Even the NBA, which has been putting a solid product out the past few years, is down in ratings. NBA viewership on ABC has declined by 45% in the past decade. The 2020 NBA playoffs ratings were down 37% compared to 2019. The NHL playoffs ratings were down 38%. MLB’s playoff ratings were down 40%. The final round of the 2020 US Open was down 56% in ratings. Last season, the NFL’s ratings were down 10% from the previous year. These are 2020 statistics, people were home with nothing to do & still weren’t tuned in.

Even Olympic viewership dropped to about half of what it was for the 2012 games. The Tokyo games averaged 15.5 million primetime viewers on NBC which is the smallest audience they’ve had since beginning to broadcast the Olympics Summer Games in 1988. I guess the Griftmania didn’t exactly pay off.

This trend is happening across most big time sports in America & soon, leagues are going to be in the same boat as the MLB is, trying to figure out how to get people more engaged. There’s going to be a rush to find the best, most profitable, & most engaging solution to this growing problem.

Barstool’s Unique Value

This is where Barstool has an advantage on other potential streaming platforms. The speculation is that if Barstool & MLB do this broadcasting deal, the broadcasts will be very unique compared to what we’re used to. They’d allegedly plan on having the broadcasts focus on in-game gambling. Sports betting is trending up while conventional broadcasting is trending down. Barstool has its own sportsbook & is probably one of the best examples of unconventional sports media we’ve seen.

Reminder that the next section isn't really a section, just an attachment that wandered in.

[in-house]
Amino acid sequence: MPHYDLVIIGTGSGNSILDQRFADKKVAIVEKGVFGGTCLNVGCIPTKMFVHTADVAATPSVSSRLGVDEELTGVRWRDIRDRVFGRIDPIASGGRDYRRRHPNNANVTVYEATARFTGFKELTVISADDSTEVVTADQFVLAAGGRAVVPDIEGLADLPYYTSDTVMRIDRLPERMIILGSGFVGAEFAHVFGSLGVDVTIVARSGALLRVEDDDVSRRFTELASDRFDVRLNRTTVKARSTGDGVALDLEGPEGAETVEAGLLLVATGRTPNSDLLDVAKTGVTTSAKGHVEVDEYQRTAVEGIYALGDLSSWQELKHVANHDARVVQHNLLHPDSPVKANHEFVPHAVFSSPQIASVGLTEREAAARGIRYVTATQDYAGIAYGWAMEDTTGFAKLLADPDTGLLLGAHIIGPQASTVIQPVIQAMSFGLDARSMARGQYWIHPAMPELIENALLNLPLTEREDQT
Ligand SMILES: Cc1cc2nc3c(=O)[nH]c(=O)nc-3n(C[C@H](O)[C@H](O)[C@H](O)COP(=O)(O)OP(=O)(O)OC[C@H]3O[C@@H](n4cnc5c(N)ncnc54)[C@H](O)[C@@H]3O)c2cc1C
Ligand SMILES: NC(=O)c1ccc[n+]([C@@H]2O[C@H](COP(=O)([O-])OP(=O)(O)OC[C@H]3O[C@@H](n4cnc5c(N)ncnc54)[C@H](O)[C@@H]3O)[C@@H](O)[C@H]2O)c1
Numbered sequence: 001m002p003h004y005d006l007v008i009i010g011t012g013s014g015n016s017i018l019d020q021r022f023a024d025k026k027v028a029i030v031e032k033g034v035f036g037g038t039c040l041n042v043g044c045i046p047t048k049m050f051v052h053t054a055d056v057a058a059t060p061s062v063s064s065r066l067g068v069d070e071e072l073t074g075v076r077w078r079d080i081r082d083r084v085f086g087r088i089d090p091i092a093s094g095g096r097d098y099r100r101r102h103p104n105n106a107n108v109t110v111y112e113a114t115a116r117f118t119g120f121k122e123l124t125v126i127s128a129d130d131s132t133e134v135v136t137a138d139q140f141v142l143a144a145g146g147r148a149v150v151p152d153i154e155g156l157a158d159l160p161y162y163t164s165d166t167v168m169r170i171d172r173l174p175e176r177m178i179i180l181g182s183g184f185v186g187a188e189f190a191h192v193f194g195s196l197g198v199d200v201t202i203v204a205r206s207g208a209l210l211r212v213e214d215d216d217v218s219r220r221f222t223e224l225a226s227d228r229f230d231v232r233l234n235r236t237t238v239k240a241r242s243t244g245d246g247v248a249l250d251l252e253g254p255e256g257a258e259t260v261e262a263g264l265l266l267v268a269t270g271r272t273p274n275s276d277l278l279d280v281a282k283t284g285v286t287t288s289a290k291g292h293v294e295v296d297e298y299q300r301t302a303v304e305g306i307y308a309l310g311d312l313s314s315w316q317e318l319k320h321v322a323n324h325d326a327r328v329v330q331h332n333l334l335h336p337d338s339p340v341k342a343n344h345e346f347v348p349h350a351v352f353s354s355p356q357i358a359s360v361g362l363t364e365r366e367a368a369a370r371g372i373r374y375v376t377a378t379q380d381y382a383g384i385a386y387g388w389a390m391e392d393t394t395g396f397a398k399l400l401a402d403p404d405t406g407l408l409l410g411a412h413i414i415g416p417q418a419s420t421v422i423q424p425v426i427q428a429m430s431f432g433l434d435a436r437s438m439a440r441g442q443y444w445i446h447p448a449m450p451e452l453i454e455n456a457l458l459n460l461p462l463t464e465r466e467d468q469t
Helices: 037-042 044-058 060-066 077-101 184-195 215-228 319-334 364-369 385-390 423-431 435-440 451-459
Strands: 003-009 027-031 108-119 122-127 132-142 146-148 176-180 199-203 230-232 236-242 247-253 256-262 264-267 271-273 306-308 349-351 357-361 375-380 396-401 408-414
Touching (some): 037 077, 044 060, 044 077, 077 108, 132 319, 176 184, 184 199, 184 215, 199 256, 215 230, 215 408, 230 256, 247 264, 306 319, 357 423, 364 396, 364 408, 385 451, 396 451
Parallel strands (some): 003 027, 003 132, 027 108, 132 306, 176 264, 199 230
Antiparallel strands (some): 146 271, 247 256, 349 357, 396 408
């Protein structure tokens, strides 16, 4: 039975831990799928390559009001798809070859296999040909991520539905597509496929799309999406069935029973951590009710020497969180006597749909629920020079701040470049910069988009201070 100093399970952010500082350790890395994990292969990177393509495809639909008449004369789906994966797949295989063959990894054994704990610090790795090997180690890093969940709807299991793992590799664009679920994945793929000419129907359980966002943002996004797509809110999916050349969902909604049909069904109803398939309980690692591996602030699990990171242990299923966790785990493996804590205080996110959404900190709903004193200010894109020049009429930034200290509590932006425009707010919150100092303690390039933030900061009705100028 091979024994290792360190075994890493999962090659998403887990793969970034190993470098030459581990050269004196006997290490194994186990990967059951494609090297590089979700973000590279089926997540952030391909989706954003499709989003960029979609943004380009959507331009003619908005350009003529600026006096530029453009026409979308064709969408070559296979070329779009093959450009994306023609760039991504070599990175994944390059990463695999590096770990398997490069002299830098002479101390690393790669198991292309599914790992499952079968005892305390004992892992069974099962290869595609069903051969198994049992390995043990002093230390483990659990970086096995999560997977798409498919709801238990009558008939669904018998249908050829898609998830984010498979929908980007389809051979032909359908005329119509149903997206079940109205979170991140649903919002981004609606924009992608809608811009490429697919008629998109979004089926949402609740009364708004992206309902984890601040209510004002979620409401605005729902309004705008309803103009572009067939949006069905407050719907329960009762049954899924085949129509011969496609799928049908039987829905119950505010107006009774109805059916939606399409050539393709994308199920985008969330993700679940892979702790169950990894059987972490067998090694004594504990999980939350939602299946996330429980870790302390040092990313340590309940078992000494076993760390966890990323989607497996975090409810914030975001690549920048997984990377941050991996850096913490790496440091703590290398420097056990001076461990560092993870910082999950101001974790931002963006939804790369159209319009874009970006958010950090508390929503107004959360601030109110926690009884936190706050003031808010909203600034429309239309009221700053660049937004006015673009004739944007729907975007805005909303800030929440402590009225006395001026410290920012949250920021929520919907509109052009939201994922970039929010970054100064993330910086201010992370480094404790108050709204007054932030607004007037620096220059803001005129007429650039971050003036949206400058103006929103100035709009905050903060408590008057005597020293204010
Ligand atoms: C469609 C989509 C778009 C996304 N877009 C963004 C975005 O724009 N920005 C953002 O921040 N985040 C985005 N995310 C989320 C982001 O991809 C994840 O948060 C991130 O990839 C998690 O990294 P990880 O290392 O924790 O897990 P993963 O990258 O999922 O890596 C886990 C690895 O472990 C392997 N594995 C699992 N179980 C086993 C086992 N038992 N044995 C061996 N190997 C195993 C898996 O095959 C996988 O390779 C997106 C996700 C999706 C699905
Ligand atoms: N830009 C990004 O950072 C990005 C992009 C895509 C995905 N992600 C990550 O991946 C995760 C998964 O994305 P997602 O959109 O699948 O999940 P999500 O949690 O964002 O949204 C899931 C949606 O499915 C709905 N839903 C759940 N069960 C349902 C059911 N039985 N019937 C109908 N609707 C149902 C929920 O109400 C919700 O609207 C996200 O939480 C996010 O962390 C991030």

Barstool MLB

As of right now, Barstool Sportsbook is only in 3 states, but they plan on seeing rapid growth as they launch into many more states in the coming months. For the time being, though, the in-game betting dynamic will be interesting if this deal goes through, being that only a few states would be able to participate (assuming they’d use their own sportsbook). Nevertheless, I see this trend coming to more & more leagues with other businesses jumping in on the idea.

Even aside from the factor of focusing on in-game sports gambling, Barstool’s personality is very engaging especially for the youth, who are the ones not watching as much on TV. Betting aside, every league is eventually going to have to figure out how to engage an audience. Conventional play-by-play announcing is going out the window I think, as people are now looking to view sports for the experience more-so than the game itself.

As our very own Jonesy said last night on our newest episode of I Got Next, hosted live on the Jianchor YouTube channel every Monday night at 9PM Eastern Time:

As television grew, & as money came into these sports; it got to a point where it was an athletic competition that happens to have aspects of business, happens to be on television. Now, it’s flipped. Now, it’s a television show & a business that happens to have athletics.

Jonesy, Host of Wasted Talent Podcast

MLB might be getting out ahead of the pack this time, for once. Don’t be surprised if we’re watching sports a completely different way in a few years.

Jianchor BEEN Told You.